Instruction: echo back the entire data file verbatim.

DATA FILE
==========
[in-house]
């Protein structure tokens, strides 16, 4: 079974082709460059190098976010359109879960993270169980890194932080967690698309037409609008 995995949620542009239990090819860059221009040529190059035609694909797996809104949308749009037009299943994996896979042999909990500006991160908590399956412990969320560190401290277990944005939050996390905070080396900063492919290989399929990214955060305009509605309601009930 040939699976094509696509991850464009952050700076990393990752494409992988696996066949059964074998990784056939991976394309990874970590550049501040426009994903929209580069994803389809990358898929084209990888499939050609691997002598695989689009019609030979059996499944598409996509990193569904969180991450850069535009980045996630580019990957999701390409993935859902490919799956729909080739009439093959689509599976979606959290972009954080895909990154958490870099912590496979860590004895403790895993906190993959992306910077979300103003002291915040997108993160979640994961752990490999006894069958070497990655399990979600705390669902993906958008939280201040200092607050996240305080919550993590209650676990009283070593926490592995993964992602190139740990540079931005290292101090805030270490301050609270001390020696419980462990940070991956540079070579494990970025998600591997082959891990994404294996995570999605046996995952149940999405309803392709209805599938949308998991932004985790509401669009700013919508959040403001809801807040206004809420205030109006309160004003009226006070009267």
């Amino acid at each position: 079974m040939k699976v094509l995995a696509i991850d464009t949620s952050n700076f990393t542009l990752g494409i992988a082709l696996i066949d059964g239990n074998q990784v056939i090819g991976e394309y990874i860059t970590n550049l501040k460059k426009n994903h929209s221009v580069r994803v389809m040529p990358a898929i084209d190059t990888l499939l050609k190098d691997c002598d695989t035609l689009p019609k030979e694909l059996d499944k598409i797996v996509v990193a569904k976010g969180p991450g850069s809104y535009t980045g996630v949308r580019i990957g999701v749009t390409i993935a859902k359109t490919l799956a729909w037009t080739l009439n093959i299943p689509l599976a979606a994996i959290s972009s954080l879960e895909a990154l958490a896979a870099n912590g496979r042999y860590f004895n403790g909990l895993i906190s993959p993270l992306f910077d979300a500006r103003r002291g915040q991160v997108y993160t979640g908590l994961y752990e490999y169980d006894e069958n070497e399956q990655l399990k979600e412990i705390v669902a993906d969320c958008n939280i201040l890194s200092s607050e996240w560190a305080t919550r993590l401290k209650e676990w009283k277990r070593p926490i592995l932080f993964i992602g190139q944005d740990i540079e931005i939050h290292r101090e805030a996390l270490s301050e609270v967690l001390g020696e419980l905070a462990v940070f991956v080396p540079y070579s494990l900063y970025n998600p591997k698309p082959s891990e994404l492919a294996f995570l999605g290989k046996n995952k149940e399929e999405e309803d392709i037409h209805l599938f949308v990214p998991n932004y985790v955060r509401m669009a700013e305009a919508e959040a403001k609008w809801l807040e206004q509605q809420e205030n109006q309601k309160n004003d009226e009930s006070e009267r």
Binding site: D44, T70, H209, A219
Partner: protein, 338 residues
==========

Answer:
[in-house]
């Protein structure tokens, strides 16, 4: 079974082709460059190098976010359109879960993270169980890194932080967690698309037409609008 995995949620542009239990090819860059221009040529190059035609694909797996809104949308749009037009299943994996896979042999909990500006991160908590399956412990969320560190401290277990944005939050996390905070080396900063492919290989399929990214955060305009509605309601009930 040939699976094509696509991850464009952050700076990393990752494409992988696996066949059964074998990784056939991976394309990874970590550049501040426009994903929209580069994803389809990358898929084209990888499939050609691997002598695989689009019609030979059996499944598409996509990193569904969180991450850069535009980045996630580019990957999701390409993935859902490919799956729909080739009439093959689509599976979606959290972009954080895909990154958490870099912590496979860590004895403790895993906190993959992306910077979300103003002291915040997108993160979640994961752990490999006894069958070497990655399990979600705390669902993906958008939280201040200092607050996240305080919550993590209650676990009283070593926490592995993964992602190139740990540079931005290292101090805030270490301050609270001390020696419980462990940070991956540079070579494990970025998600591997082959891990994404294996995570999605046996995952149940999405309803392709209805599938949308998991932004985790509401669009700013919508959040403001809801807040206004809420205030109006309160004003009226006070009267």
């Amino acid at each position: 079974m040939k699976v094509l995995a696509i991850d464009t949620s952050n700076f990393t542009l990752g494409i992988a082709l696996i066949d059964g239990n074998q990784v056939i090819g991976e394309y990874i860059t970590n550049l501040k460059k426009n994903h929209s221009v580069r994803v389809m040529p990358a898929i084209d190059t990888l499939l050609k190098d691997c002598d695989t035609l689009p019609k030979e694909l059996d499944k598409i797996v996509v990193a569904k976010g969180p991450g850069s809104y535009t980045g996630v949308r580019i990957g999701v749009t390409i993935a859902k359109t490919l799956a729909w037009t080739l009439n093959i299943p689509l599976a979606a994996i959290s972009s954080l879960e895909a990154l958490a896979a870099n912590g496979r042999y860590f004895n403790g909990l895993i906190s993959p993270l992306f910077d979300a500006r103003r002291g915040q991160v997108y993160t979640g908590l994961y752990e490999y169980d006894e069958n070497e399956q990655l399990k979600e412990i705390v669902a993906d969320c958008n939280i201040l890194s200092s607050e996240w560190a305080t919550r993590l401290k209650e676990w009283k277990r070593p926490i592995l932080f993964i992602g190139q944005d740990i540079e931005i939050h290292r101090e805030a996390l270490s301050e609270v967690l001390g020696e419980l905070a462990v940070f991956v080396p540079y070579s494990l900063y970025n998600p591997k698309p082959s891990e994404l492919a294996f995570l999605g290989k046996n995952k149940e399929e999405e309803d392709i037409h209805l599938f949308v990214p998991n932004y985790v955060r509401m669009a700013e305009a919508e959040a403001k609008w809801l807040e206004q509605q809420e205030n109006q309601k309160n004003d009226e009930s006070e009267r």
Binding site: D44, T70, H209, A219
Partner: protein, 338 residues